Well in theory all those things can be coded in software mode without DirectX (the linear filtered rotations, zooming etc) but a lot of them would be prohibitively slow on a CPU. The graphics hardware is much much more efficient at these tasks, so if you don't use DirectX and the graphics hardware and stick to the CPU, you can end up with 1-2 FPS fairly easily with these kinds of effects going on.
Games should still run fairly well on old computers. The Geforce 2 32mb graphics card is extremely old, and can still run Construct games at a playable rate, so long as you keep to "cheap" rendering - don't zoom the screen, just scale, rotate and use alpha blended sprites. Even very old hardware can do that just fine. If you're worried about performance on very old computers, completely avoid shaders - old hardware simply won't support them even if they can run DirectX 9 games. You can, however, use some shaders, and set them up to disable if the hardware doesn't support them - see Effects in Construct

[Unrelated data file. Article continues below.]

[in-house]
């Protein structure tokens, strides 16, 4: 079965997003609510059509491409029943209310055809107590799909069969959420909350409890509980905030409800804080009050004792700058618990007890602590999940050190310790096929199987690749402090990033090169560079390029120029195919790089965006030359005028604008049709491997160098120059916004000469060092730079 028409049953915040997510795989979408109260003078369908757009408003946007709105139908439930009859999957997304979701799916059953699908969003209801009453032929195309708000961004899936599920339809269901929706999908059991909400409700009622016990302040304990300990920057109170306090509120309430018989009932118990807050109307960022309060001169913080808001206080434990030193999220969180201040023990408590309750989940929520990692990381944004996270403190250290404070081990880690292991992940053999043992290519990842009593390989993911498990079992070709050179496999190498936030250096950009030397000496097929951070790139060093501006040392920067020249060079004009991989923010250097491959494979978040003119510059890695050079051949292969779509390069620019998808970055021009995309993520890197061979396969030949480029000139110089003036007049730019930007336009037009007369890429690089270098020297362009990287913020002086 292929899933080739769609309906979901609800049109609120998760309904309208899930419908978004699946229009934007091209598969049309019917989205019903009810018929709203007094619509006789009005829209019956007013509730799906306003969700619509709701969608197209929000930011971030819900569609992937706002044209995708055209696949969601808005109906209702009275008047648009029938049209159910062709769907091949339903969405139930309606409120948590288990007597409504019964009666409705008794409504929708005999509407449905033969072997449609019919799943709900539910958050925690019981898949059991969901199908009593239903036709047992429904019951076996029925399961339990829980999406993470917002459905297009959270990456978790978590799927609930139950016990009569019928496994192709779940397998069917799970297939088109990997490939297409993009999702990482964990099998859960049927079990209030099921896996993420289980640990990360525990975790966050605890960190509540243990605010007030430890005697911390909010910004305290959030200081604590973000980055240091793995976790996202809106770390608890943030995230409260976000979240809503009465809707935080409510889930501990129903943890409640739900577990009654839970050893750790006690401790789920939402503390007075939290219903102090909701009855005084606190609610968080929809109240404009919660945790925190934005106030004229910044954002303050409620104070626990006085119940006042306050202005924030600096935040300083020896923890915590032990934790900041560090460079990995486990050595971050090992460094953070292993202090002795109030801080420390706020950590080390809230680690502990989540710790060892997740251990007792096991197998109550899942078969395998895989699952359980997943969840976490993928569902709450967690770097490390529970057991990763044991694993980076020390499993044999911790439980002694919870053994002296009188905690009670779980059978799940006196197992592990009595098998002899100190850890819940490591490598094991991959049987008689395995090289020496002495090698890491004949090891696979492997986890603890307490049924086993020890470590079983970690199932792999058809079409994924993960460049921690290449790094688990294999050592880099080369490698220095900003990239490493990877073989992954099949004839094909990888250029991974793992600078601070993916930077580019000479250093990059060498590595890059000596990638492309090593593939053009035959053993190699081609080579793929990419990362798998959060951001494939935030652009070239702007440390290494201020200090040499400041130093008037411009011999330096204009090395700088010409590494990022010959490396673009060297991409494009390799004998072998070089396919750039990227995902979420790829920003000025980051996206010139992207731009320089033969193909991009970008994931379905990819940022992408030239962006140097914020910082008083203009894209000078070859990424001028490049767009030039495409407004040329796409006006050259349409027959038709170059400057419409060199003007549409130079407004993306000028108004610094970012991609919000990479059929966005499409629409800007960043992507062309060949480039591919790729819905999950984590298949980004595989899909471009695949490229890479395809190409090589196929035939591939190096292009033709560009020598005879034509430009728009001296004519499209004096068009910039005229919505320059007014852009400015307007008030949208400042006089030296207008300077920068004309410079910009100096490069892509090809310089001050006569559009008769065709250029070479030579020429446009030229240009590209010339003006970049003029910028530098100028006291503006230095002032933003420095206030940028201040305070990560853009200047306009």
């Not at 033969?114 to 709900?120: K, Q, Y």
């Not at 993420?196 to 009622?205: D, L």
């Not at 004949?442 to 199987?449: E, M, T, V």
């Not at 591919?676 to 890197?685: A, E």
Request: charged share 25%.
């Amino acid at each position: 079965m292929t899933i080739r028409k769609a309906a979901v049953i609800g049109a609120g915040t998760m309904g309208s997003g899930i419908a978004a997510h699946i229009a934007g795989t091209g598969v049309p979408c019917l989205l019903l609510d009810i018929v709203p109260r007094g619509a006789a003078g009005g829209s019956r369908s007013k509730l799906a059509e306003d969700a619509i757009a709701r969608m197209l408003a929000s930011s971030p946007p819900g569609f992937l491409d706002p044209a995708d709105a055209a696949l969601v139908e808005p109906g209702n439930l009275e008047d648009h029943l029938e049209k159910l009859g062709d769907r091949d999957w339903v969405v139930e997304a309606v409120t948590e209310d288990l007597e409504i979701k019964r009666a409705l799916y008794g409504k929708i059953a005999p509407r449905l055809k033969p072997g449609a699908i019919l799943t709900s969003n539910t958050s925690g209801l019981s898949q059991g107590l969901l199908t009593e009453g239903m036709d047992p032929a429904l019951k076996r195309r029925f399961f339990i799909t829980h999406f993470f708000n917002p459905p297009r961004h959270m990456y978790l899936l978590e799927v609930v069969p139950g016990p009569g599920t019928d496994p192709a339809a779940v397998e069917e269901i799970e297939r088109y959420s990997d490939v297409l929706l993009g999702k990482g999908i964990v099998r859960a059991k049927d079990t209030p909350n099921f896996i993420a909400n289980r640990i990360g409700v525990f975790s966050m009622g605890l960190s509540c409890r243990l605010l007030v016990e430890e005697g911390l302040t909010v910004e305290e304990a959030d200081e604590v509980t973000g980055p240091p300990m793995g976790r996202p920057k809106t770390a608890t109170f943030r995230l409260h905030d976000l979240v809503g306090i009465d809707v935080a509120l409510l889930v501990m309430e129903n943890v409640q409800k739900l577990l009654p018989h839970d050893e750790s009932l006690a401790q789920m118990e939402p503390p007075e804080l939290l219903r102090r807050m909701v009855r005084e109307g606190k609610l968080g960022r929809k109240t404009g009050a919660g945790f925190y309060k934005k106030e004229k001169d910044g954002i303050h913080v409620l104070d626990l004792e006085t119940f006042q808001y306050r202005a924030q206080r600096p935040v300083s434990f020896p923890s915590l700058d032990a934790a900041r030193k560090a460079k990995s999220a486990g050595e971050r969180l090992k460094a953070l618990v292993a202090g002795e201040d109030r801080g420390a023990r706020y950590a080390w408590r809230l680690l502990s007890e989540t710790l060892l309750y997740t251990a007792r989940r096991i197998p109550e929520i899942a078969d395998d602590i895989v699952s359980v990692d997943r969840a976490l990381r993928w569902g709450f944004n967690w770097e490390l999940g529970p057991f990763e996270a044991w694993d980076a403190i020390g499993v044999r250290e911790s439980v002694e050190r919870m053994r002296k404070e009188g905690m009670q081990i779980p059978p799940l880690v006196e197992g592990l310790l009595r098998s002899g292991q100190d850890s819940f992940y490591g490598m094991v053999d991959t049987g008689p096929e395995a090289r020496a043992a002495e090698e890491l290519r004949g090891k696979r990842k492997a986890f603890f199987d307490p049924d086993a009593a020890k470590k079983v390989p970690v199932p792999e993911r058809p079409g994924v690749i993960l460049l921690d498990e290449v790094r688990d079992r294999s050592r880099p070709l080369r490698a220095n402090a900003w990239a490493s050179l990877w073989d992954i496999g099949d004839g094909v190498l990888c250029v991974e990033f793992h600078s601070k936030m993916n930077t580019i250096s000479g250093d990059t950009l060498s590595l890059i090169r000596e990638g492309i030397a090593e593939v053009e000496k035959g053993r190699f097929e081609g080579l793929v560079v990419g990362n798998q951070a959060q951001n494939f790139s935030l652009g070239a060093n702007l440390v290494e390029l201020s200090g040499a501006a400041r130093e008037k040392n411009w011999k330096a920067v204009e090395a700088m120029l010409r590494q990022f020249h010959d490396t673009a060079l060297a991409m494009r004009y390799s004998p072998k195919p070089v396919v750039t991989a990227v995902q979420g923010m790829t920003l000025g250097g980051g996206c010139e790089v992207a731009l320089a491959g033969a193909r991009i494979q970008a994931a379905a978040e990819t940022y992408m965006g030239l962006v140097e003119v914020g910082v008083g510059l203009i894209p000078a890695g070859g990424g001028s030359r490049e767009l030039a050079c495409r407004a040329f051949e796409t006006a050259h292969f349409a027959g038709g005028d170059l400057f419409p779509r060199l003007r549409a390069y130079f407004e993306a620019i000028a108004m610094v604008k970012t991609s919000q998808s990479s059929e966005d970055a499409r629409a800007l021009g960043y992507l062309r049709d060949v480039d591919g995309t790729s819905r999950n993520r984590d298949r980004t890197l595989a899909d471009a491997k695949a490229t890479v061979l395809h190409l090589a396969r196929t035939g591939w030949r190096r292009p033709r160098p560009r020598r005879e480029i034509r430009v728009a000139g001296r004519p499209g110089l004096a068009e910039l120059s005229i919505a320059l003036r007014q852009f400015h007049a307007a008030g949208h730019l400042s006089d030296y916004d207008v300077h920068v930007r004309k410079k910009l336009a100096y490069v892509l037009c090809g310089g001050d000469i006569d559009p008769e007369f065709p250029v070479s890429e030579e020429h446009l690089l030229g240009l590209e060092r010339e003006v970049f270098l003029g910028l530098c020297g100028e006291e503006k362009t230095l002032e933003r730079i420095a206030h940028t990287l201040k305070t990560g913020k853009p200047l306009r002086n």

I don't see much use in implementing an older DirectX version - once you've got DirectX 9, even very old computers can run the games.